Neonatal Jaundice Research Program

 

Laboratory Focus

Dr. Satrom's research seeks to optimize the management of neonatal jaundice in two distinctly vulnerable patient populations – preterm infants and infants born in low resource settings globally.

Extremely preterm infants almost universally develop jaundice (high bilirubin levels), but there is a lack of evidence to guide the use of phototherapy in this population. There is also growing evidence that low amounts of bilirubin may be protective as an antioxidant and that phototherapy may cause harm through oxidative stress and DNA damage. Dr. Satrom's research uses an animal model (Gunn rat) of neonatal jaundice to study the effects of bilirubin, phototherapy, and superimposed oxidative stress on the developing preterm brain. She is also collaborating with Dr. Troy Lund on a clinical study of jaundice in preterm infants, evaluating peripheral biomarkers of bilirubin and phototherapy effects using the metabolomic analysis of plasma.

Her other research interest is in global neonatal health, especially how to optimize the treatment of neonatal jaundice for infants in low-middle income countries. For this research, she collaborates with Dr. Tina Slusher on projects that aim to develop low cost and sustainable programs and equipment that improve phototherapy in low resource settings, specifically Sub-Saharan Africa.

 Laboratory Members

  • Research Mentor: Raghu Rao, MD - Division of Neonatology 
  • Global Health Mentor and Collaborator: Tina Slusher, MD - Division of Global Pediatrics
  • Collaborator: Troy Lund, MD - Division of Pediatric Blood and Marrow Transplantation
  • Scientist: Kathleen Ennis - Department of Pediatrics

Current Studies

The Neuroprotective Role of Low-dose Bilirubin on the Developing Preterm Rat Brain (Basic Science)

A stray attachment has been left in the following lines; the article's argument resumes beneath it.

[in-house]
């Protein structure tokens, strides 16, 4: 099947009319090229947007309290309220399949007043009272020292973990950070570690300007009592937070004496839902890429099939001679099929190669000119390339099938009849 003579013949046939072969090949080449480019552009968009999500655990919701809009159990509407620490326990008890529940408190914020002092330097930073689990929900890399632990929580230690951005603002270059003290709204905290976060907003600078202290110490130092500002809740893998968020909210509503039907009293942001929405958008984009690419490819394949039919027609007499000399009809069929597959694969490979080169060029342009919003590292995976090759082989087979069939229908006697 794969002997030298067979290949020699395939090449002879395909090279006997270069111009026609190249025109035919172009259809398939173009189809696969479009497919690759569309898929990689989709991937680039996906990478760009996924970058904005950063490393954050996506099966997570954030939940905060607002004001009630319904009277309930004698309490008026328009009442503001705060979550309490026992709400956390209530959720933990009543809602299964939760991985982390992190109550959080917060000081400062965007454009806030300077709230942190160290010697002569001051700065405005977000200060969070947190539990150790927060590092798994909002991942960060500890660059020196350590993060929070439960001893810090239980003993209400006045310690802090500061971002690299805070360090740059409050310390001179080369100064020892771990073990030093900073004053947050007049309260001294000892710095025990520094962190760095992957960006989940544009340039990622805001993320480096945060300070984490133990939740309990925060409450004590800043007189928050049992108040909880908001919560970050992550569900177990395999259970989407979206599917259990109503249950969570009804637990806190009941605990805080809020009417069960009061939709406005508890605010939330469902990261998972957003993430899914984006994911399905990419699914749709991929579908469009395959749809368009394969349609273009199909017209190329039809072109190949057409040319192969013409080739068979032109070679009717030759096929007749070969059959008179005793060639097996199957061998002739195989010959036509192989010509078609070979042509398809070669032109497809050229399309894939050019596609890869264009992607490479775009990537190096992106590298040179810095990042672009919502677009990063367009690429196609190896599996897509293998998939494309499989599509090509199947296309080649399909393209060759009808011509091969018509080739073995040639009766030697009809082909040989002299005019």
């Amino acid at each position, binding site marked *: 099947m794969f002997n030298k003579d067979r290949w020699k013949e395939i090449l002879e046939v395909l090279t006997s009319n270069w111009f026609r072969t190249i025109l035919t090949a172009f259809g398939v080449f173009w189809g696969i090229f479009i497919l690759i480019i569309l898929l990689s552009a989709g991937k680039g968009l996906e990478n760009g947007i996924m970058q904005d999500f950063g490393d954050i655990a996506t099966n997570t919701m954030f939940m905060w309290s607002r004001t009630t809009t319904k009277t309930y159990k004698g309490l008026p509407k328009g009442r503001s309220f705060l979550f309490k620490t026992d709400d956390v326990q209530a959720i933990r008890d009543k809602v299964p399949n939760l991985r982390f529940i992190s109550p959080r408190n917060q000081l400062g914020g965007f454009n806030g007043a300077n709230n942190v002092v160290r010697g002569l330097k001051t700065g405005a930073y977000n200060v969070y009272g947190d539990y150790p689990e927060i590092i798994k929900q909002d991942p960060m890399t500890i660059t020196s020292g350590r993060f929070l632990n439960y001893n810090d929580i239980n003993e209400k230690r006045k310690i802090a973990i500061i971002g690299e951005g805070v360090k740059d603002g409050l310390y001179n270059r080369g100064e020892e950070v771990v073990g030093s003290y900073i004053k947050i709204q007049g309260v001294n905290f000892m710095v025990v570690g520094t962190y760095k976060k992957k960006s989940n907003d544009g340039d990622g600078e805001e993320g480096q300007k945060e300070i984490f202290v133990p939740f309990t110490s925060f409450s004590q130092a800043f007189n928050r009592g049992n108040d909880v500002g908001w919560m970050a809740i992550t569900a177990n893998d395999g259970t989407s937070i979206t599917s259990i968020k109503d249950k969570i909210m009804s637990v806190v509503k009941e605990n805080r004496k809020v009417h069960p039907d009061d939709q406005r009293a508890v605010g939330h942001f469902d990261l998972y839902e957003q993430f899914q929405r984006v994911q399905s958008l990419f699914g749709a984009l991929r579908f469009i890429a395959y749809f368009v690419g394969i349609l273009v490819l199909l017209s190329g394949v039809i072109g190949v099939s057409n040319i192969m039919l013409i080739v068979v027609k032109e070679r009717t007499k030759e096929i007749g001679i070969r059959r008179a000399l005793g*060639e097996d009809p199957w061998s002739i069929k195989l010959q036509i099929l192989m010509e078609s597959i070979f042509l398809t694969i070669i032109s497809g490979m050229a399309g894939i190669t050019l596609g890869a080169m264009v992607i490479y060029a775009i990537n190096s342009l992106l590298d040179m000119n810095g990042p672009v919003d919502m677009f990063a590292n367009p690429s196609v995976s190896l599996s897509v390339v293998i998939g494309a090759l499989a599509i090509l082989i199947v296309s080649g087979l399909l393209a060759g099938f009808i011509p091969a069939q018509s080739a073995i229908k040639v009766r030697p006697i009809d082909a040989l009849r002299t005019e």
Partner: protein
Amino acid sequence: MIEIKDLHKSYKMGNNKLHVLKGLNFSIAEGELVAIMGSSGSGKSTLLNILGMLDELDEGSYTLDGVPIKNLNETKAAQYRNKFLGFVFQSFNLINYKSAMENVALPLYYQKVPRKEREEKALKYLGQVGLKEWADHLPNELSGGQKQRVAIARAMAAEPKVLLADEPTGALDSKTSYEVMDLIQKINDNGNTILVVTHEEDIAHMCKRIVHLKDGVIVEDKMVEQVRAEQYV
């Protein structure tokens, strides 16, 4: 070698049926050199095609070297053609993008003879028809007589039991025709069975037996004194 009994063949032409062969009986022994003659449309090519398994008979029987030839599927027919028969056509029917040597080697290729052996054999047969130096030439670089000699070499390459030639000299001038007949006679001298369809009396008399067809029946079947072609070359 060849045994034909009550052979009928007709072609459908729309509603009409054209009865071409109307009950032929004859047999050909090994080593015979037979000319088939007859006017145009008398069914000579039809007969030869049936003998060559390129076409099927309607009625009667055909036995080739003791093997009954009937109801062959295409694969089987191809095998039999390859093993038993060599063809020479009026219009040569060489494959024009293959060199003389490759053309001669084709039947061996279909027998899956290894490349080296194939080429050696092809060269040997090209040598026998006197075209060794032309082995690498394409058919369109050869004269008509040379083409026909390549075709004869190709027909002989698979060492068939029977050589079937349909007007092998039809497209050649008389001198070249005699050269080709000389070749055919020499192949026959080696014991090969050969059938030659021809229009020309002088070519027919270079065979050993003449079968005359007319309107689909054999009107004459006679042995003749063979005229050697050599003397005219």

Biomarkers of Bilirubin Neurotoxicity (Clinical Trial)

Smart-Phone Phototherapy Irradiance Meter for Neonatal Jaundice (Thrasher Early Career Award with Nigeria collaboration)

Training

Dr. Satrom is happy to have students, residents, and fellows help with any aspect of research – from bench work to chart review to clinical studies. If you are interested in learning more about potential research opportunities you can contact Dr. Satrom at ksatrom@umn.edu

Publications

Satrom KM, Ennis K, Sweis BM, Matveeva TM, Chen J, Hanson L, Maheshwari A, Rao R. Neonatal hyperglycemia induces CXCL10/CXCR3 signaling and microglial activation and impairs long-term synaptogenesis in the hippocampus and alters behavior in rats. J Neuroinflammation. 2018 Mar 15;15(1):82. doi: 10.1186/s12974-018-1121-9. PubMed PMID: 29544513; PubMed Central PMCID: PMC5856387. 

Satrom K, Satrom J, Slusher T. Effectiveness of phototherapy units in Cameroon. J Trop Pediatr. 2014 Jun;60(3):264-6. doi: 10.1093/tropej/fmt110. Epub 2014 Jan 10. PubMed PMID: 24415750.

Borden AR, Satrom KM, Wratkowski P, George TN, Adkisson CA, Vreman HJ, Johnson AP, Nichols KJ, Slusher TM. Variation in the Phototherapy Practices and Irradiance of Devices in a Major Metropolitan Area. Neonatology. 2018;113(3):269-274. doi: 10.1159/000485369. Epub 2018 Jan 31. PubMed PMID: 29393277; PubMed Central PMCID: PMC5860931.

Laboratory Location

PWB13-119
516 Delaware Street SE
Minneapolis, MN, 55455

Photo of Katie Satrom (MD) of the Division of Neonatology

Katie Satrom, MD
Assistant Professor
Division of Neonatology
Department of Pediatrics